Firstly, the film “The Secret Life of Grain”, represents what many filmmakers might see as an overly chauvinistic view of the world. However, it must also be understood that the culture that exists within the Maghreb is inherently patriarchal and the family associations and expectations that are represented within the film in question are not meant to cause any level of disrespect for anti-feminism. As such, the filmmaker reveals a world in which strict in gender norms determine what actions the men and the women will undertake (Scott 1). For instance, as it becomes clear that the couscous has been lost, it is the expectation that the men of the family must engage in a frantic and desperate rush to locate it. However, when their efforts fail, the gender expectation that is represented within the film is that it is ultimately the job of the women to solve the situation, re-cook the couscous, and utilize male sexual energy as a distraction for what is taking place behind the scenes. Furthermore, the representation of class is one in which the viewer comes to the realization that the moneyed aristocracy/bureaucracy is the only mechanism through which the average societal stakeholder can hope to get ahead. As a direct result of this realization and portrayal, the protagonists of the film find it necessary to ingratiate themselves with these individuals as a means of pursuing this dream.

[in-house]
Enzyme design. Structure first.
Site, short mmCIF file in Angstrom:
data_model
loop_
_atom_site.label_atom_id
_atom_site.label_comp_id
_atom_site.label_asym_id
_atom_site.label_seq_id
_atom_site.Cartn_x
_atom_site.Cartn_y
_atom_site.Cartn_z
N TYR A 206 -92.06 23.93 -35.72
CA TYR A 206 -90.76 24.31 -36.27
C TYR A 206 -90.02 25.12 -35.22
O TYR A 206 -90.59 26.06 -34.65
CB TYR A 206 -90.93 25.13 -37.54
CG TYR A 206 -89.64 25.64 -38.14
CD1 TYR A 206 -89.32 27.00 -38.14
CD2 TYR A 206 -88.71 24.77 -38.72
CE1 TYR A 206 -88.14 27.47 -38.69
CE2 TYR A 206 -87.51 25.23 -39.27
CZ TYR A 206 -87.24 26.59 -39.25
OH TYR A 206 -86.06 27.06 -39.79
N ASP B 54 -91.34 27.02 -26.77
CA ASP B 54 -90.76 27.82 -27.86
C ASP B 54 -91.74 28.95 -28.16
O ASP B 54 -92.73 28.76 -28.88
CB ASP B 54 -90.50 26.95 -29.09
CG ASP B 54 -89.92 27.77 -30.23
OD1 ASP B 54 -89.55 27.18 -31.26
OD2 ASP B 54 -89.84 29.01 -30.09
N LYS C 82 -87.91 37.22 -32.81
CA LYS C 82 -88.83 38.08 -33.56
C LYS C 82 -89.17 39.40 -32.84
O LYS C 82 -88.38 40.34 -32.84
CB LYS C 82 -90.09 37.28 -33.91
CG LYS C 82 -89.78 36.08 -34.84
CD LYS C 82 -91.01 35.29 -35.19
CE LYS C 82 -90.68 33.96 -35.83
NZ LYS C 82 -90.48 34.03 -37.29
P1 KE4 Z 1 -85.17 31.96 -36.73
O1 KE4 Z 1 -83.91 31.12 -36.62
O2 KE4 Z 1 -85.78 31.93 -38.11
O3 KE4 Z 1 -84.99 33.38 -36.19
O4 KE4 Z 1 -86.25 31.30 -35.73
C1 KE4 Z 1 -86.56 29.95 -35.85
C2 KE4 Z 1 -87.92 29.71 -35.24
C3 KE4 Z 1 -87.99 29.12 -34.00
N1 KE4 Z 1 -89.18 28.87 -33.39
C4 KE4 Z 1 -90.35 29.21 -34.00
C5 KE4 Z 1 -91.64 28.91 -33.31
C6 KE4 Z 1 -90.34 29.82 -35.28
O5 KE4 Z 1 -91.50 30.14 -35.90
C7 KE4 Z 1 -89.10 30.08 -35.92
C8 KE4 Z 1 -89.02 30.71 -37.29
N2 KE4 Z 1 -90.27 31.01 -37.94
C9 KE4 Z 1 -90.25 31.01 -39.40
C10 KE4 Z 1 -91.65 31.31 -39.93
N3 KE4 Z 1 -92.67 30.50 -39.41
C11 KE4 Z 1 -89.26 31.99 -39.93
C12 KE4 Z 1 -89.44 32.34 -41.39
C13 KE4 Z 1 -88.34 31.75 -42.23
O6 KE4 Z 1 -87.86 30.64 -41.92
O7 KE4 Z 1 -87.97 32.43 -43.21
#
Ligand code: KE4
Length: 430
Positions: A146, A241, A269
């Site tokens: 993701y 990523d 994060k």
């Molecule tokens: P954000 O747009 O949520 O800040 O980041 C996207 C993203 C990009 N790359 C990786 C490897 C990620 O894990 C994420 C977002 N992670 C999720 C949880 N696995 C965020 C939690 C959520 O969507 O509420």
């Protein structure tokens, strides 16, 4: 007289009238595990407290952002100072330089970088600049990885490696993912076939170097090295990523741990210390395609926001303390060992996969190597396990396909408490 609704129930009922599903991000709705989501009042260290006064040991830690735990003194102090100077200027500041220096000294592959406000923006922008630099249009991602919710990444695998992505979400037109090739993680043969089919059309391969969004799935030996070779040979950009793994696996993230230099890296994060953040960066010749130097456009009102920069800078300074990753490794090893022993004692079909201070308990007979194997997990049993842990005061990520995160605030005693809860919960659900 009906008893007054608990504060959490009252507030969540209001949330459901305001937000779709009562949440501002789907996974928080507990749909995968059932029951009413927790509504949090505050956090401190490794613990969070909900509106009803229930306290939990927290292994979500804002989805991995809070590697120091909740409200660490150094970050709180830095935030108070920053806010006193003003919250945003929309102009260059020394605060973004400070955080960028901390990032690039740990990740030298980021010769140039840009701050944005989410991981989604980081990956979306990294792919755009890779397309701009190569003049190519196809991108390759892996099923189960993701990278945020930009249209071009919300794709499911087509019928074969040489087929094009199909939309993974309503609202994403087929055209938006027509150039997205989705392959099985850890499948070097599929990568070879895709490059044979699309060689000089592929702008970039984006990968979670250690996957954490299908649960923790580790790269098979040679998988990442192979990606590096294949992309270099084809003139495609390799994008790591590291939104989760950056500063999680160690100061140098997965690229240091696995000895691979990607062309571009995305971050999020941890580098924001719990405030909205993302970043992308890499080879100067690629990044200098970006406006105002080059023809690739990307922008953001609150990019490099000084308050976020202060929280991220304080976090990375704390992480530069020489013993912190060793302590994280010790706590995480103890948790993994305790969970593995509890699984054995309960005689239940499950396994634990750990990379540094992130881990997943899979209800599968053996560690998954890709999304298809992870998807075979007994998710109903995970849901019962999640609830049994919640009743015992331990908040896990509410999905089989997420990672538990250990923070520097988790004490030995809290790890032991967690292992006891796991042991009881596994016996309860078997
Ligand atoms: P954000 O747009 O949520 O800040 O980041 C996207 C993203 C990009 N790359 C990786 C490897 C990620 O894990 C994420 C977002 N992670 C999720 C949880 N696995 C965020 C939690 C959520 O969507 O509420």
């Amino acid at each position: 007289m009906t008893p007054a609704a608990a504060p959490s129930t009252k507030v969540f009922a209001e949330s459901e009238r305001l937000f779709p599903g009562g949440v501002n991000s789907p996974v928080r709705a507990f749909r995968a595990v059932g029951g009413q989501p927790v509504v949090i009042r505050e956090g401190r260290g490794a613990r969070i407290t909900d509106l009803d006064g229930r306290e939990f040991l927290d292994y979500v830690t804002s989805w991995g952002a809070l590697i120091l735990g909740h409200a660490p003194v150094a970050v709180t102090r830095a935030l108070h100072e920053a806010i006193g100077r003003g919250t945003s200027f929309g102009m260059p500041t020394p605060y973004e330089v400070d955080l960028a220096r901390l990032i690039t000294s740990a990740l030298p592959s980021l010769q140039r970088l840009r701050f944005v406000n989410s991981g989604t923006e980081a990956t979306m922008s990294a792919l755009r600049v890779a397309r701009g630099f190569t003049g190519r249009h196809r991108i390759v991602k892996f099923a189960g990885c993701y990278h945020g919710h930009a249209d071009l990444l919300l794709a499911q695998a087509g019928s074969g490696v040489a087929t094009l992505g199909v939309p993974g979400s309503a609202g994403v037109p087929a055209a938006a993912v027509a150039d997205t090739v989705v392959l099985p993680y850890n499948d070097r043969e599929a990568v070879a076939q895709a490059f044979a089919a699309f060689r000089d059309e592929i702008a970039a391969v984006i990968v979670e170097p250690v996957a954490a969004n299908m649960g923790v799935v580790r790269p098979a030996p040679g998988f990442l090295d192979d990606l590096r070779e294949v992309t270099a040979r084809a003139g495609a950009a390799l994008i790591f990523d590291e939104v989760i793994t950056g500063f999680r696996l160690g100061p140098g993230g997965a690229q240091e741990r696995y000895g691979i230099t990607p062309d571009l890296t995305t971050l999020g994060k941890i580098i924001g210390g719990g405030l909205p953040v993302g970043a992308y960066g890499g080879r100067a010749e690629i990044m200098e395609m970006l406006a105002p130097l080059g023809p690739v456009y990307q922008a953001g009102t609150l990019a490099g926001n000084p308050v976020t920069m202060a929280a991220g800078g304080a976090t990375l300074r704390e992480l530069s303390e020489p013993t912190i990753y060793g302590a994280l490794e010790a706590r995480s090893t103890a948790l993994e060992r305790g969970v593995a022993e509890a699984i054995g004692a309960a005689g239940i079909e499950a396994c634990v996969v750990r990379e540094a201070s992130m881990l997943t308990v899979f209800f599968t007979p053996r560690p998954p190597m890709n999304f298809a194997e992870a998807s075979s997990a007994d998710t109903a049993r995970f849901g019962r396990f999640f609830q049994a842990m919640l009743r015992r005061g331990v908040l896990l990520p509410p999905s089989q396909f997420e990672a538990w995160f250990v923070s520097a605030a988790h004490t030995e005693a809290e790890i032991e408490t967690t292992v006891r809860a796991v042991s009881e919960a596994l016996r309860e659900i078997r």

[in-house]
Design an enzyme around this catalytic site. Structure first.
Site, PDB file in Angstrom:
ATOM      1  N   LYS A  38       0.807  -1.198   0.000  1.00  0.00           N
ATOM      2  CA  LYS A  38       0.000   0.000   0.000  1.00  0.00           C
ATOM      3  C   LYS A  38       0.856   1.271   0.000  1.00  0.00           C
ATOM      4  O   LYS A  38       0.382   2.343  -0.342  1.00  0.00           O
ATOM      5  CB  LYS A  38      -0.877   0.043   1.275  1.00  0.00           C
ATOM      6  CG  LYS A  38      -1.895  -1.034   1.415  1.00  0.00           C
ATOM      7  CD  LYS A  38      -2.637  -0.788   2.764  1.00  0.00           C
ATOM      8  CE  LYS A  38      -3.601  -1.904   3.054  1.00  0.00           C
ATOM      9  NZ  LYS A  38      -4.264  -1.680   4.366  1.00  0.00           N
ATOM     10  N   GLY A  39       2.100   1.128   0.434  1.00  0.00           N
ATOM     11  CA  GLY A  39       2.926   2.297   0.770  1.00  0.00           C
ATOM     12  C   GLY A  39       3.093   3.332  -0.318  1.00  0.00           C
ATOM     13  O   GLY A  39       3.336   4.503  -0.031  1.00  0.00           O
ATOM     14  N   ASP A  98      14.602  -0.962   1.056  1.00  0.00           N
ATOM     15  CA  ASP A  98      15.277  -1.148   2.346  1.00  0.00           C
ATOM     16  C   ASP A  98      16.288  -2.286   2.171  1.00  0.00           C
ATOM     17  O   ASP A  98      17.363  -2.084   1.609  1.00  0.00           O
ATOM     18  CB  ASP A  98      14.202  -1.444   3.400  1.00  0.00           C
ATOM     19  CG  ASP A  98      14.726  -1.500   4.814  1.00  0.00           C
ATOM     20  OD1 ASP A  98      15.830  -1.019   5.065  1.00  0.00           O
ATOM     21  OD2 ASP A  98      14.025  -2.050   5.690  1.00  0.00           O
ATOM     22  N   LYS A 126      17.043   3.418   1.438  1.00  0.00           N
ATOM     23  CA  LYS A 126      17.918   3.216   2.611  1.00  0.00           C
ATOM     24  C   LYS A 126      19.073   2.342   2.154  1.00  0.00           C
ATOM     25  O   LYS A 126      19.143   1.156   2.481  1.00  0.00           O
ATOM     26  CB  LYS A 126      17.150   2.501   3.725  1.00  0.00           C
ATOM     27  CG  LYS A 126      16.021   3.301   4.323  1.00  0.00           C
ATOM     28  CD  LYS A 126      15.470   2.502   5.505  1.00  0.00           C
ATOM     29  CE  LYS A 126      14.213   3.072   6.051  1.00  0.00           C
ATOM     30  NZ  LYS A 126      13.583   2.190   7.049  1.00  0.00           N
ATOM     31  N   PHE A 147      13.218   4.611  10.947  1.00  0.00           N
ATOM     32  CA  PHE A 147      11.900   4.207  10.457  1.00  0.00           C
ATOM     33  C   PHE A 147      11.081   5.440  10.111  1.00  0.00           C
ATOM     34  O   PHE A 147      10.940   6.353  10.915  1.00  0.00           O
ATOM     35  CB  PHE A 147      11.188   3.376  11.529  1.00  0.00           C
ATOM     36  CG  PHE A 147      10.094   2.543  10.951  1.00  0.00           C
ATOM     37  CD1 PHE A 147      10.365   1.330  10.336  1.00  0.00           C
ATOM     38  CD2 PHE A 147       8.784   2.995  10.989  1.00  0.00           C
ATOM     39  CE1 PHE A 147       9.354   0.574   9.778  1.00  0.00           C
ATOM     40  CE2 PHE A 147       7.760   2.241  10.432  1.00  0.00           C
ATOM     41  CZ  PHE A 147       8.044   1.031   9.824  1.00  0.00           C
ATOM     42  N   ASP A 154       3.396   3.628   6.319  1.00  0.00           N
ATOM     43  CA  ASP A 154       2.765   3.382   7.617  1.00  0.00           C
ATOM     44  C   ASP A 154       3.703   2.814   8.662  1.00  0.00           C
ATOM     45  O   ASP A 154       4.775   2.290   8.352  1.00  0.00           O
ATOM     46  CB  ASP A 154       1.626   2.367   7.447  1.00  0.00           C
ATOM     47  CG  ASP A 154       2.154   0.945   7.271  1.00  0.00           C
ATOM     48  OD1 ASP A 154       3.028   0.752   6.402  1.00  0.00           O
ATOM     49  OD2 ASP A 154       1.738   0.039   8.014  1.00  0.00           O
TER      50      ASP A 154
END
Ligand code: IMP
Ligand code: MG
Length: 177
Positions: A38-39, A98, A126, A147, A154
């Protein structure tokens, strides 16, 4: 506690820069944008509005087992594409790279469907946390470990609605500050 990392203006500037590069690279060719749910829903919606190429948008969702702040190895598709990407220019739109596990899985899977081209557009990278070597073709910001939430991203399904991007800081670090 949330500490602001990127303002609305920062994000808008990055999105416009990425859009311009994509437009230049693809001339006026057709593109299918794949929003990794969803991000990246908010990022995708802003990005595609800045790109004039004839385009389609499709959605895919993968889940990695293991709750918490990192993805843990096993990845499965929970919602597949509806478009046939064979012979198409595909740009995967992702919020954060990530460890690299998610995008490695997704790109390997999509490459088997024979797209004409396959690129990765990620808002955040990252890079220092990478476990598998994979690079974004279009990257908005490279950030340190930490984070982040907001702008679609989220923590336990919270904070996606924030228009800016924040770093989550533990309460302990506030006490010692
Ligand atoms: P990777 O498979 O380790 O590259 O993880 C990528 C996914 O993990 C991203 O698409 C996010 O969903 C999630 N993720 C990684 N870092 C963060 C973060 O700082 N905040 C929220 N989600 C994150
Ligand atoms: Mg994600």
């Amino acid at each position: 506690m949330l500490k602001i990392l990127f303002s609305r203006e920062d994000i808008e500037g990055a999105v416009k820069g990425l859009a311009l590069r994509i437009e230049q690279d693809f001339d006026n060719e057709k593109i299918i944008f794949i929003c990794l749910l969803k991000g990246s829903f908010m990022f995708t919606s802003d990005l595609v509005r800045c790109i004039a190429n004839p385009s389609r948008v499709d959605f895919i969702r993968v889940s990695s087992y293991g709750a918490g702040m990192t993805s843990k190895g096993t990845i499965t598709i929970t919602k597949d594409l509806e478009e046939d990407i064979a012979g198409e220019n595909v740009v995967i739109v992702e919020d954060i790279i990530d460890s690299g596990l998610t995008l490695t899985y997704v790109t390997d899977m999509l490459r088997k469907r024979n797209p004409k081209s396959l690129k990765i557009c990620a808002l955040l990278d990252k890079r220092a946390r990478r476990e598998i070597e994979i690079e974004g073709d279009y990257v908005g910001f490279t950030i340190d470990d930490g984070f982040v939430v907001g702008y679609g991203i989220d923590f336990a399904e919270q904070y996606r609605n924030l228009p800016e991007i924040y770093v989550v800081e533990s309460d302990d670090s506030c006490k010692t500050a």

Interestingly, the second film that will be discussed within this comparison and contrast, “All about My Mother”, represents a differential between those individuals that live within the provinces and those that live within Madrid. Furthermore, whereas it has been assumed that individuals who live in the big city are necessarily more liberal and open-minded than those who lived within the provinces, a unique understanding of class and acceptance is provided within this film; whereby the individuals who live in Madrid are